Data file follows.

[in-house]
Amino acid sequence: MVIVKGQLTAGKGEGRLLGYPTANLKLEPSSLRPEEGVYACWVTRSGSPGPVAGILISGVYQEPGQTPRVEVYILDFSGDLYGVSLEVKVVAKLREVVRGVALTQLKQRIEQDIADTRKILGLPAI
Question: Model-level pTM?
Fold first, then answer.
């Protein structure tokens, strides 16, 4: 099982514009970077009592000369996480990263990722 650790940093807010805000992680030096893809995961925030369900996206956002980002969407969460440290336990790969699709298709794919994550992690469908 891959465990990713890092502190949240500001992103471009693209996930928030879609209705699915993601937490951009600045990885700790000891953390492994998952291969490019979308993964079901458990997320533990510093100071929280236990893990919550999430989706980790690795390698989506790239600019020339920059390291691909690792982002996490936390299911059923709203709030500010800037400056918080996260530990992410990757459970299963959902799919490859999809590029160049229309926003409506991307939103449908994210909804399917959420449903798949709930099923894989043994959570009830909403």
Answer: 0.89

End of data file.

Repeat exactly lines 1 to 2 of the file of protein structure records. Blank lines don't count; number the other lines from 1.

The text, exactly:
[in-house]
Amino acid sequence: MVIVKGQLTAGKGEGRLLGYPTANLKLEPSSLRPEEGVYACWVTRSGSPGPVAGILISGVYQEPGQTPRVEVYILDFSGDLYGVSLEVKVVAKLREVVRGVALTQLKQRIEQDIADTRKILGLPAI